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First, a simple example to describe my problem.

Model

public class User
{
    public virtual String UserID { get; set; }
    public virtual String UserName { get; set; }
    public virtual DateTime LastLoginTime { get; set; }
}

Mapping

<id name="UserID" type="AnsiString">
  <column name="p_UserID_vc" length="20"></column>
  <generator class="assigned"/>
</id>
<property name="UserName" column="UserName_vc"  type="AnsiString">
<property name="LastLoginTime" column="LastLoginTime_d" type="DateTime">

table

create table T_User
(
    p_userid_vc         VARCHAR2(20) not null,
    username_vc         VARCHAR2(50),
    lastlogintime_d     DATE,
)

Now ,there are one million users in this table. I create a oracle index in LastLoginTime. I use query like this:

var list = Responsity<User>.Where(q => q.LastLoginTime <= DateTime.Now &&   
           q.LastLoginTime >= DateTime.Now.AddDays(-7));           

I use Nhibernate Profile to watchout the real sql string:

select t.p_UserID_vc
  from T_User t
 where t.lastlogintime_d >= TIMESTAMP '2012-03-19 16:58:32.00' /* :p1 */
   and t.lastlogintime_d <= TIMESTAMP '2012-03-26 16:58:32.00' /* :p2 */

It didn't use the index. I think it should use 'to_date' ,so that it could use the index. How to config the mapping file?

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There is no LastLoginTime in your table definition. What type is it? A DATE or a TIMESTAMP? –  Jeffrey Kemp Mar 26 '12 at 4:33
    
sorry, I have edited. the DBType of LastLoginTime is a DATE.I think the Nhibernate would used 'to_date' instead of 'TIMESTAMP'.but it didn't. –  Heming Chen Mar 26 '12 at 5:56

2 Answers 2

up vote 1 down vote accepted

There are a few reasons why it might not be using your index:

  1. The datatype of LastLoginTime is a DATE, but the parameters are TIMESTAMPs, so it might be implicitly converting the column to a timestamp, which would mean it cannot use the index.

  2. The Cost-Based-Optimizer (CBO) might be using statistics which indicate that using the index would be less efficient than not using it. For example, there might be very few rows in the table, or a histogram might tell the CBO that a large number of rows match the date range you're querying on. It's not uncommon for full table scans to outperform queries that use indexes.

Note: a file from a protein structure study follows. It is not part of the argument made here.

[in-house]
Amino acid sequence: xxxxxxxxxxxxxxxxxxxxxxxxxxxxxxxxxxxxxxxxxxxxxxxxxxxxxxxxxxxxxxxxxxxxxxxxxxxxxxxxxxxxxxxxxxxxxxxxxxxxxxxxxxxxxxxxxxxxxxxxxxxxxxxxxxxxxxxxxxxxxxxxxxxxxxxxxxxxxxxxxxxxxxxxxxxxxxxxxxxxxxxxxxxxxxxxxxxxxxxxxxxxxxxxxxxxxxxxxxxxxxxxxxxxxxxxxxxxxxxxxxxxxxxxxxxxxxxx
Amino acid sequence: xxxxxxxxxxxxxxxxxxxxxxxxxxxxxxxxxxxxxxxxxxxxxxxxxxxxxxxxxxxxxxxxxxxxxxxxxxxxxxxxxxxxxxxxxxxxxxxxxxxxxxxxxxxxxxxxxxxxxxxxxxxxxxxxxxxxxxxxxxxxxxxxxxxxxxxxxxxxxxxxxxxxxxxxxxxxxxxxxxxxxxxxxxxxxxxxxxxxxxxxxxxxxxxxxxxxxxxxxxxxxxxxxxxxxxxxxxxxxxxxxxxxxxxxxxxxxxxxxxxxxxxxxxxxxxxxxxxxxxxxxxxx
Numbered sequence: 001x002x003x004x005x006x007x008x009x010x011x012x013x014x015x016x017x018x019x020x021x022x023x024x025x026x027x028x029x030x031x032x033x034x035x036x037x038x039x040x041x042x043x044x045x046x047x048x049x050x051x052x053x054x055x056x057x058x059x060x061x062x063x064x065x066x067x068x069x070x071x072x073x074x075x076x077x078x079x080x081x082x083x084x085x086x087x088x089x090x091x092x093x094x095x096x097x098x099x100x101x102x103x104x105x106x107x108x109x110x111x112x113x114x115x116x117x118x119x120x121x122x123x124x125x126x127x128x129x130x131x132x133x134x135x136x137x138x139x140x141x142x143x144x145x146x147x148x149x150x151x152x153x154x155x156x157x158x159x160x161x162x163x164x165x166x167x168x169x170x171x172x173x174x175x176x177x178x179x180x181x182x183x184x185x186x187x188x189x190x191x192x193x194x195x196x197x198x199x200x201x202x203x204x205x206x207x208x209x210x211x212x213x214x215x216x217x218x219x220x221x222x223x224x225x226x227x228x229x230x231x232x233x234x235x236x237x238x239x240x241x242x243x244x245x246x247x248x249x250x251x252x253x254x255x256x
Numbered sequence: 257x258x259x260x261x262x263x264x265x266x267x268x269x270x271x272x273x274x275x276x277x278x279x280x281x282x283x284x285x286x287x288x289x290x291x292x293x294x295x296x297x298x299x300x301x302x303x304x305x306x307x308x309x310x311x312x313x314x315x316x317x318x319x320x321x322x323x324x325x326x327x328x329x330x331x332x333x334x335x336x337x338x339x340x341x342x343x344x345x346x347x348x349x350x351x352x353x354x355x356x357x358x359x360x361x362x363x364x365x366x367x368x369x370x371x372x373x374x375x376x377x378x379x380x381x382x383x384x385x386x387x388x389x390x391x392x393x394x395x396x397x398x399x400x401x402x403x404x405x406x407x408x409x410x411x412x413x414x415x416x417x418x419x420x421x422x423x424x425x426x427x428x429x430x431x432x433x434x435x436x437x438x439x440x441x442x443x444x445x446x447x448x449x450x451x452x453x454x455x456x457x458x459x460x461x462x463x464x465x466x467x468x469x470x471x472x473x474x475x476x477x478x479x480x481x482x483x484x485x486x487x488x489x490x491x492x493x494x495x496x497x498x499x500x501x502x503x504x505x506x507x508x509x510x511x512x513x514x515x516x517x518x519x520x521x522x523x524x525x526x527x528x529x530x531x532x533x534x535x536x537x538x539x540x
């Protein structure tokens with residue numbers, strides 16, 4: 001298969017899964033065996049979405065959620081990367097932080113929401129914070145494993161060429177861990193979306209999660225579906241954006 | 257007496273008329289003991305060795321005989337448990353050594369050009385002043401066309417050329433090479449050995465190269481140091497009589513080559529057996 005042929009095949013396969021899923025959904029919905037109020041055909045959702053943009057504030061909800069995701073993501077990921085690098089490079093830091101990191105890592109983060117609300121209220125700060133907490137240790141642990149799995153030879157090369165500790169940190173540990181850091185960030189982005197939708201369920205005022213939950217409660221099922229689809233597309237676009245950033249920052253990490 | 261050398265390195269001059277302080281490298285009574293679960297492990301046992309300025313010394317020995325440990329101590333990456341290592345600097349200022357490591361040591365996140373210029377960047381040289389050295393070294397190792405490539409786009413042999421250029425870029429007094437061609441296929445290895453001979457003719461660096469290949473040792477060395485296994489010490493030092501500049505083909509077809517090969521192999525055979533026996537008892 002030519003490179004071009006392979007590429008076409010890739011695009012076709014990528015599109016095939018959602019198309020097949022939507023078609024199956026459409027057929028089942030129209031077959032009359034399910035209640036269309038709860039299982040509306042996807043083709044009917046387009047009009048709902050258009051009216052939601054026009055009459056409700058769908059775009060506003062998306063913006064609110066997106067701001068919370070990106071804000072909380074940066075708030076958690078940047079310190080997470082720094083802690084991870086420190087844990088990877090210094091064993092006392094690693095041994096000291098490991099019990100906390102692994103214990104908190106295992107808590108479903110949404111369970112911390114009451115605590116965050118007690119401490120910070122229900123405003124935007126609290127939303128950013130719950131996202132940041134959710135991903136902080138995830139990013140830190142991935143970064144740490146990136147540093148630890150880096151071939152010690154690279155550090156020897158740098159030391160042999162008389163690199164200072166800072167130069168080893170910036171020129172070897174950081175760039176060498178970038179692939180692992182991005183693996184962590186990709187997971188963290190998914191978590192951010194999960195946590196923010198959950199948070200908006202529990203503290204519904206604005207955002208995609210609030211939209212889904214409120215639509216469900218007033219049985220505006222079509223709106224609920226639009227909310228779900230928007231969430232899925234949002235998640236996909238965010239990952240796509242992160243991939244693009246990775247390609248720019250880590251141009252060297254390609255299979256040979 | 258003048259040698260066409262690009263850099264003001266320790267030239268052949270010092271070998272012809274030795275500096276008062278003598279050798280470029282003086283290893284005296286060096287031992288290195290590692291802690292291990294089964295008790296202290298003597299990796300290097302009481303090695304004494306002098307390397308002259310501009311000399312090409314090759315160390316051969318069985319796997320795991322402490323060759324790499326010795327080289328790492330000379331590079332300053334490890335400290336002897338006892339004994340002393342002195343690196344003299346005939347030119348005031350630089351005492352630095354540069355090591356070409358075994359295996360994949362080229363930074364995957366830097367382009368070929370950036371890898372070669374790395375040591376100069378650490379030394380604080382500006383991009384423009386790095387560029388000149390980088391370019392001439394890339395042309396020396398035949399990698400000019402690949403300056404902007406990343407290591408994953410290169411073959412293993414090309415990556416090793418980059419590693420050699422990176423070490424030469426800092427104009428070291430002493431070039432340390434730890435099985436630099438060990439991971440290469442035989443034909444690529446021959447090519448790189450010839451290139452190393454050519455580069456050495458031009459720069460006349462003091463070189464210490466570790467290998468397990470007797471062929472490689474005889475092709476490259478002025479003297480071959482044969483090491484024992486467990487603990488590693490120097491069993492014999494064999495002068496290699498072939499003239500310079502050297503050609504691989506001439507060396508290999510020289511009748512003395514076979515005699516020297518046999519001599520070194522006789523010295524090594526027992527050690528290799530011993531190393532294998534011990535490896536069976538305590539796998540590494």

3. Perhaps the statistics on the table are out-of-date, causing the CBO to make inaccurate estimates.

Do an explain plan on your query to determine what the cause is.

Note: the plan for a query that uses literal values (e.g. TIMESTAMP '...') could very well be different to that for a query that uses bind variables (e.g. p1 and p2). Run the explain plan for the query that is actually being executed.

share|improve this answer
    
Your first reason is right.The DbType of LastLoginTime is a DATE.I send the DateTime to Nhibernate,but it translated the parameters to TimeStamp.so that the DB couldn't use index.How could i modify the config-file to send DateTime directly? –  Heming Chen Mar 26 '12 at 6:11
    
I don't know how to configure NHibernate, sorry, but what you want is for it to use something like TO_DATE('2012-03-19 16:58:32','YYYY-MM-DD HH24:MI:SS')... –  Jeffrey Kemp Mar 28 '12 at 3:05
    
finally, I found the real reason by this article.It's caused by sending Parameterized Query with the parameters of DateTime type.The oracle will change the parameter to TimeStamp instead of Date .So I send Date type parameters. –  Heming Chen Mar 31 '12 at 5:37

just in case if anyone is still looking for an answer, hope this helps the fix is to configure it with proper dialect, in my case it is NHibernate.Dialect.Oracle10gDialect

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